[Scripps is taking the mick out of Dakin for trying to please Irwin too much]
Have you looked at your handwriting recently? You're beginning to write like him!
[turns to look at Posner's essay]
You're writin' like 'im an' all!
I am not! Dakin writes like him, I write like Dakin.
A triumphant reflection on the adolescent quest for truth and authenticity
British playwright/screenwriter Alan Bennett, whose scintillating wit
first surfaced in his contributions to the 1960 satiric stage revue,
"Beyond the Fringe," wrote "The History Boys," a play set in the early
1980s about English secondary school students and their teachers,
academic competition and the purpose of education, and the chaotic
developments of adolescent sexuality and coming of age.
Specifically, eight boys qualify for the Oxbridge entrance exams, an
unprecedented number for this particular school. Proud of this but,
more importantly, out to capitalize on the enhanced prospects for the
school's future that could follow if all eight are accepted into Oxford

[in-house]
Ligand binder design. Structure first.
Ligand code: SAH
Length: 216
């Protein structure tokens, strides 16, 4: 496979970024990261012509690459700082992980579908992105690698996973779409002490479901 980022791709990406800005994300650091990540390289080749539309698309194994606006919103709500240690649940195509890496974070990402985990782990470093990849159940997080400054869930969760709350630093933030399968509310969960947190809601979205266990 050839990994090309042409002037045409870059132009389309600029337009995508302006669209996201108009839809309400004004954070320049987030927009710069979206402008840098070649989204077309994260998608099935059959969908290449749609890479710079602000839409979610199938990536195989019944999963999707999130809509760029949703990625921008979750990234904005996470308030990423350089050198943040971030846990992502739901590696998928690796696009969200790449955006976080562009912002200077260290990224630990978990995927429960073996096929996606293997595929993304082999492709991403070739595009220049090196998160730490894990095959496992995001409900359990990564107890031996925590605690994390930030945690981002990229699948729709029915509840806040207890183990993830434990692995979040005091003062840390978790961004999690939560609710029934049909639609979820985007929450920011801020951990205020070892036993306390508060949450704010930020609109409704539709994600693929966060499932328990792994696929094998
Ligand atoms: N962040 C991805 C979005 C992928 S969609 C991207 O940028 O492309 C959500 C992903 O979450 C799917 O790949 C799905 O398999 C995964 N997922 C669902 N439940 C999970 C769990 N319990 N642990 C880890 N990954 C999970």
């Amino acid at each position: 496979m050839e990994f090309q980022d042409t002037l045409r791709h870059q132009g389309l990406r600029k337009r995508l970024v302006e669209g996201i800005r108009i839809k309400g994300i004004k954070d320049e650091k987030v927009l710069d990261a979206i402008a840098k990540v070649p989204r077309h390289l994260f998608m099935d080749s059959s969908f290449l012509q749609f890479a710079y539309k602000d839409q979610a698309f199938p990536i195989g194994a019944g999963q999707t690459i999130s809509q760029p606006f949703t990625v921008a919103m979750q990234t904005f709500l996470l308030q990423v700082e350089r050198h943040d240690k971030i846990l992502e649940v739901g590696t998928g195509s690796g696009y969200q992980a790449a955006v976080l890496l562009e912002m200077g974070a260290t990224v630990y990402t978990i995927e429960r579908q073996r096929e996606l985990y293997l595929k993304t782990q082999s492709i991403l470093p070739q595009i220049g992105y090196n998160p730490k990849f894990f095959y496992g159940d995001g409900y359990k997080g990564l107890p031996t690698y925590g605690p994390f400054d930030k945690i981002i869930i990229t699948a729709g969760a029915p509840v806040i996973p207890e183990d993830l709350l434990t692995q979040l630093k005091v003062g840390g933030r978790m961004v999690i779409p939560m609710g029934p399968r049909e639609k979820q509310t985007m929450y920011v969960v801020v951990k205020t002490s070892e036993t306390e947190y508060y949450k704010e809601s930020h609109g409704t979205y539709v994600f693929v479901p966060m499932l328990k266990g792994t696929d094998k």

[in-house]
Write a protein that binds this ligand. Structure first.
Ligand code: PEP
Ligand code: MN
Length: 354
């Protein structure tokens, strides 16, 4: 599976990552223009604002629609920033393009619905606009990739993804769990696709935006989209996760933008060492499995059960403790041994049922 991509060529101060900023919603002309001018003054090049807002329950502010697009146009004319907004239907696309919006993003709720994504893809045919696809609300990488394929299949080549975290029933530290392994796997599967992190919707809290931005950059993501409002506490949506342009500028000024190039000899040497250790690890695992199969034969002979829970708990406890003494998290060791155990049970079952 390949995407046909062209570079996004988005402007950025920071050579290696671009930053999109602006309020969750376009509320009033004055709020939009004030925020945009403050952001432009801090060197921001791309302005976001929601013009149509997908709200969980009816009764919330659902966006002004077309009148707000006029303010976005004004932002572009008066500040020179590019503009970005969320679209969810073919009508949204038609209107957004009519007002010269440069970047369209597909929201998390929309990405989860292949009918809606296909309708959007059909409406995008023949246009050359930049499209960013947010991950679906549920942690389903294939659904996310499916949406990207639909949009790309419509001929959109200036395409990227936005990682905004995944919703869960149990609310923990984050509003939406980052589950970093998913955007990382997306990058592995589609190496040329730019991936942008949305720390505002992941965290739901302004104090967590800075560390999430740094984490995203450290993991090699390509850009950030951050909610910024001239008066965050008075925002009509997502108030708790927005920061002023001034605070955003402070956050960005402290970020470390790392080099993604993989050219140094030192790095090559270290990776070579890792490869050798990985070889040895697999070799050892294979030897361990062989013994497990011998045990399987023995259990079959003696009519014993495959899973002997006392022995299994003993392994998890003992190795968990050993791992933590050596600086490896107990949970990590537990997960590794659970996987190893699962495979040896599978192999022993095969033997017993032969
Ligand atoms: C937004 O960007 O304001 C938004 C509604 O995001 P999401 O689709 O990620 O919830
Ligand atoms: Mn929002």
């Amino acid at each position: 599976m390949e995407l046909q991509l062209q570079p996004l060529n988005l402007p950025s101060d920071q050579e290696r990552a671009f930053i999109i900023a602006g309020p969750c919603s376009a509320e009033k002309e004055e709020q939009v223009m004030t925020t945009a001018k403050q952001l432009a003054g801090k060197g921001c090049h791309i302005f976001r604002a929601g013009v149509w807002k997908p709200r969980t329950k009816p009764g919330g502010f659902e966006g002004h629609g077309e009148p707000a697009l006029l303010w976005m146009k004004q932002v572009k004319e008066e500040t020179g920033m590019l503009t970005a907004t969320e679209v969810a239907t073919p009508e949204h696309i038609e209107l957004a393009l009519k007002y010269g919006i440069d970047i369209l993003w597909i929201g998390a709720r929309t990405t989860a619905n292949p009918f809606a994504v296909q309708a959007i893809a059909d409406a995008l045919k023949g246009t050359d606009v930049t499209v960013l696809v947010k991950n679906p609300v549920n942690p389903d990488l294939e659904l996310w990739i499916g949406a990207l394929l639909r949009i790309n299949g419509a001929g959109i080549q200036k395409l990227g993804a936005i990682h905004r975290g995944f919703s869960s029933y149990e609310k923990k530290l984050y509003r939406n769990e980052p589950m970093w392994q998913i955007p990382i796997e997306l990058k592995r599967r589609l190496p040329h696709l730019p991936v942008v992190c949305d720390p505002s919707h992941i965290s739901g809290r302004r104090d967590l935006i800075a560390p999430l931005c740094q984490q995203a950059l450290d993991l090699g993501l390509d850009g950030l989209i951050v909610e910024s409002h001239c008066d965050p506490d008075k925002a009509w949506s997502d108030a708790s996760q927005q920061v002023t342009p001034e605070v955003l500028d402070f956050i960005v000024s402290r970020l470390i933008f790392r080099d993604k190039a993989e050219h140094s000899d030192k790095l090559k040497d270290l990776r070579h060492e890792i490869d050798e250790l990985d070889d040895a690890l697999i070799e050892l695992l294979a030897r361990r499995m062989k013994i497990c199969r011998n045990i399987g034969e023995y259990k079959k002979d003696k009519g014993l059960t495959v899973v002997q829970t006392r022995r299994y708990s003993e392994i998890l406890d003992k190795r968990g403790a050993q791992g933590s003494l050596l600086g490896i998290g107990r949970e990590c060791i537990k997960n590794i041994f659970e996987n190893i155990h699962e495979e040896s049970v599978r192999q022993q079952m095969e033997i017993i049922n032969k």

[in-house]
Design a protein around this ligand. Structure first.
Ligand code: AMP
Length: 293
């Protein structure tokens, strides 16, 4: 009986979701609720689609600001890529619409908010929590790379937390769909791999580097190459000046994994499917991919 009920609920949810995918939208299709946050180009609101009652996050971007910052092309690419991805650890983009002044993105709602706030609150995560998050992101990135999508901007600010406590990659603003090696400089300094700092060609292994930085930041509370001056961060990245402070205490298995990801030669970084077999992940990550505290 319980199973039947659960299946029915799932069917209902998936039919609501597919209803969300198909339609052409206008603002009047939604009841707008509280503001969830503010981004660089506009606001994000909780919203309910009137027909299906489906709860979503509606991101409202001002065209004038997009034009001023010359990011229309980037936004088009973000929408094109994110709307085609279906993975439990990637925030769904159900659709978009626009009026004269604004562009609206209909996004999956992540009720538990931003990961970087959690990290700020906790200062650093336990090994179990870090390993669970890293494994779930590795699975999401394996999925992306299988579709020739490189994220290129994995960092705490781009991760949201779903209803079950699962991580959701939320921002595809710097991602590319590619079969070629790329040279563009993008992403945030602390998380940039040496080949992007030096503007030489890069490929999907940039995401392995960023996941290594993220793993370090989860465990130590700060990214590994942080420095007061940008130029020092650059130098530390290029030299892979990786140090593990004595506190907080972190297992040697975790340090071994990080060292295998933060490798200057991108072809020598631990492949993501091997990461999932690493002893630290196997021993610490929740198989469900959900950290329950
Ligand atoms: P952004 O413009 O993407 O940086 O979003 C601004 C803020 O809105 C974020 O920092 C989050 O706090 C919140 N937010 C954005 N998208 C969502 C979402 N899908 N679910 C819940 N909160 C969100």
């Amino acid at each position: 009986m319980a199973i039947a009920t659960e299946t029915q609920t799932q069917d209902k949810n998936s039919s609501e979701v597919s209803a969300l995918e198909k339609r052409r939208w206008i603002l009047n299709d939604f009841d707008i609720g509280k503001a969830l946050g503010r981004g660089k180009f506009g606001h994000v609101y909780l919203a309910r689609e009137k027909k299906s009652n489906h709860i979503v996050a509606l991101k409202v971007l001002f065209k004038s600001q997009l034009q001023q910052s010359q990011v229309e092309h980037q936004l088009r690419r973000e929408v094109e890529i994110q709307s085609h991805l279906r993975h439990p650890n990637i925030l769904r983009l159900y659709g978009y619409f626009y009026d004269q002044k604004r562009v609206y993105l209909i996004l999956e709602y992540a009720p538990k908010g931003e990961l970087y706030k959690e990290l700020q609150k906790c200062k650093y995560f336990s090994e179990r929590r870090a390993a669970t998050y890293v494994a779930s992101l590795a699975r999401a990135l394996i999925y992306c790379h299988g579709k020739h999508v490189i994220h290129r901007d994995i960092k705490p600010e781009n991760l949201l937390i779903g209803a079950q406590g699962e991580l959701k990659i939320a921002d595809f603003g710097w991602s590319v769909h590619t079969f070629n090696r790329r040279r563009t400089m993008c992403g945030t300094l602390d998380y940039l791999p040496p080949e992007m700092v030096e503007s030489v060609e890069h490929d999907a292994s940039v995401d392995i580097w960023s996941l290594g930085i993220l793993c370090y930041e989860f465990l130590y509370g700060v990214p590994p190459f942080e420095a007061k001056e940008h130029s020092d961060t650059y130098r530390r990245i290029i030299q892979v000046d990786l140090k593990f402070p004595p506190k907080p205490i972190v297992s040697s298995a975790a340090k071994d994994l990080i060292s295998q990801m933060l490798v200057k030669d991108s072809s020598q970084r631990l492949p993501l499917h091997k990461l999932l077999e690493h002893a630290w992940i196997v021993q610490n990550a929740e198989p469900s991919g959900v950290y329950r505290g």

or Cambridge, the Headmaster hires a special tutor to prepare the boys
for the exams. It is in the midst of this cram course that the drama
Produced by Britain's National Theatre, and led by NT Director Nicholas
Hytner, "History Boys" became a smash stage hit in London (in 2004) and
New York (in 2006). In between the launching of these two productions,
Hytner, with his theater cast intact and working from a screen
adaptation by Bennett, directed this filmic version of the play.
Most such segues from stage to screen don't work out well because of
the vast differences between these two mediums in their requirements
for effective dramatic expression. What may be spellbinding stagecraft
can become deadly stasis in the movie house, to everyone's dismay. I'm